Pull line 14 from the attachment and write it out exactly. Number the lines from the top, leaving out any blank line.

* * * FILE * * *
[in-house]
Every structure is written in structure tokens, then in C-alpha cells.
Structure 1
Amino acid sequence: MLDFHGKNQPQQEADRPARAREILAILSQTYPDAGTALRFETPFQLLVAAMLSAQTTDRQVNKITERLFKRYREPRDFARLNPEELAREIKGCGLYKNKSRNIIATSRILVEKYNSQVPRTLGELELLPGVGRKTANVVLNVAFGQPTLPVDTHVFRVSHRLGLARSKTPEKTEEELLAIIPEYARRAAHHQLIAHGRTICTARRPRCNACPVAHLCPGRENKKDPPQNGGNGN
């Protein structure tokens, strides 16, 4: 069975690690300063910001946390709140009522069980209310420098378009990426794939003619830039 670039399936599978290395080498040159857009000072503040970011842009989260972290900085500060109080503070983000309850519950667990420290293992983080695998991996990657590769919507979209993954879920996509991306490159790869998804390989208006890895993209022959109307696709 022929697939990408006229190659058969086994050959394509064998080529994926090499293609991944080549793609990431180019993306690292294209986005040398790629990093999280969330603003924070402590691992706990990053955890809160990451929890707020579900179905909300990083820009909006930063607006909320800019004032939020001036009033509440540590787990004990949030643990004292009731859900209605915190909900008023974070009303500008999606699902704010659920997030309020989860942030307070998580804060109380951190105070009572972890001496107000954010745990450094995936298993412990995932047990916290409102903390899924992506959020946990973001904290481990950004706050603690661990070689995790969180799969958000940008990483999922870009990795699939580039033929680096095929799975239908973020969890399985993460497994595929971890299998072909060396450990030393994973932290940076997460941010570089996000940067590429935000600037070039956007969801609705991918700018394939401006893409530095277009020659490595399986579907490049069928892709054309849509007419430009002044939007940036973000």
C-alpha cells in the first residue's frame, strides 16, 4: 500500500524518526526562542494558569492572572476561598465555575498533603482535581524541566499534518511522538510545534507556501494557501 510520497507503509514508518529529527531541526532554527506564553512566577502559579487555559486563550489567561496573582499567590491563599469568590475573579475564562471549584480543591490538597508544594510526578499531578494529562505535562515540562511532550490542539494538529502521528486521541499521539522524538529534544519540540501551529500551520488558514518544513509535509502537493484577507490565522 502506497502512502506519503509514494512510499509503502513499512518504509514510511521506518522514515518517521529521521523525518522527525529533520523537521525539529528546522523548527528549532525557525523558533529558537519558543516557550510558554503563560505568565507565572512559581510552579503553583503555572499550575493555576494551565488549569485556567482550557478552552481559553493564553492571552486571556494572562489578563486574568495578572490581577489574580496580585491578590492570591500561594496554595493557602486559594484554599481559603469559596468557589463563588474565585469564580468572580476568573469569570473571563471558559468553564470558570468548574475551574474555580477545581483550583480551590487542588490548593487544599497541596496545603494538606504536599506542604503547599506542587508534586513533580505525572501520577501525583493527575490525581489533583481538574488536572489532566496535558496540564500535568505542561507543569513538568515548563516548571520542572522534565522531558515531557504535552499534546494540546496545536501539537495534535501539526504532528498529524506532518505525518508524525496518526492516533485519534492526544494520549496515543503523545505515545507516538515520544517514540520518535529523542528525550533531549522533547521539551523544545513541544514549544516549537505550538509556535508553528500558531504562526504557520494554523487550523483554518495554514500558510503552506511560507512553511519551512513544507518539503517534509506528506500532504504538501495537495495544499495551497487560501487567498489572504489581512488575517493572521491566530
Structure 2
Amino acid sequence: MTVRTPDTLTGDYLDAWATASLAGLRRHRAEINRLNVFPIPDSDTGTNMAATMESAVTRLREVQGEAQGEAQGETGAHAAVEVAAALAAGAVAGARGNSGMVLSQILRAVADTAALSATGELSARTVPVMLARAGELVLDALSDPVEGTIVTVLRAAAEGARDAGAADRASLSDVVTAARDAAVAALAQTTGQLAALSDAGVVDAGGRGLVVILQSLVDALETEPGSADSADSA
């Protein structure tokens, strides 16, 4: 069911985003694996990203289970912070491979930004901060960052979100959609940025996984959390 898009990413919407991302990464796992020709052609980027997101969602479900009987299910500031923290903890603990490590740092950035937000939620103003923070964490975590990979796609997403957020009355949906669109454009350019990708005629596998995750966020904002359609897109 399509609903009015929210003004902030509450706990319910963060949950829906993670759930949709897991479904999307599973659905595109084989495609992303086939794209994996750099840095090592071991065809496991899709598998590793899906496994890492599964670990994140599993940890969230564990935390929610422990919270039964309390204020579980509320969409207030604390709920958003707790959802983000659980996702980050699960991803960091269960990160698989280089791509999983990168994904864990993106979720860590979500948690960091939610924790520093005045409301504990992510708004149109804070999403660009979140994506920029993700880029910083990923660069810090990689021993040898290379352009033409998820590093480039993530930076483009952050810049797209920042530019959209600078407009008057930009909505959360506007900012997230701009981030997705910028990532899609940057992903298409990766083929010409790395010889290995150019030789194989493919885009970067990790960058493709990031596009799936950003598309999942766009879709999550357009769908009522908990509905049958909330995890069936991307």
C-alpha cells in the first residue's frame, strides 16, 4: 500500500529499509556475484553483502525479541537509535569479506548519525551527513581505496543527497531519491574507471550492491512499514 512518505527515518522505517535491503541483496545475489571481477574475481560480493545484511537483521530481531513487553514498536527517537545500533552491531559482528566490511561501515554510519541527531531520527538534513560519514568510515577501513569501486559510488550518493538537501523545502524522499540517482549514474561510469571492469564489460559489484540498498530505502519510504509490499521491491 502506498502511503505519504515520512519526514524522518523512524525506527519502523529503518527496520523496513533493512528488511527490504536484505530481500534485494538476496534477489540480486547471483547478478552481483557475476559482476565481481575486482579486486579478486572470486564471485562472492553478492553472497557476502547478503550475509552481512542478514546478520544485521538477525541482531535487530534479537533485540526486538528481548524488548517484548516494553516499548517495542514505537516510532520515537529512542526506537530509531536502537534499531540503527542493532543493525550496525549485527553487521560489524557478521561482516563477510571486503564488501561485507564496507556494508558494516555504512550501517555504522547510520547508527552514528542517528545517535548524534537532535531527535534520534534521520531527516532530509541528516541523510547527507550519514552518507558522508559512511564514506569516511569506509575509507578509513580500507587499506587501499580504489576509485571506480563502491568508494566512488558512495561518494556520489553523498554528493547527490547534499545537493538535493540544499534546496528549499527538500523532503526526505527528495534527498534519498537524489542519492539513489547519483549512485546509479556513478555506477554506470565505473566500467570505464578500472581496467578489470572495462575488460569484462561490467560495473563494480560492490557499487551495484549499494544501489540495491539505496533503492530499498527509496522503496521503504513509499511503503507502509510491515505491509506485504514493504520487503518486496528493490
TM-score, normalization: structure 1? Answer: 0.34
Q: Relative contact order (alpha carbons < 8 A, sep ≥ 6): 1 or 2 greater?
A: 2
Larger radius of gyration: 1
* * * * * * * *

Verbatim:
Larger radius of gyration: 1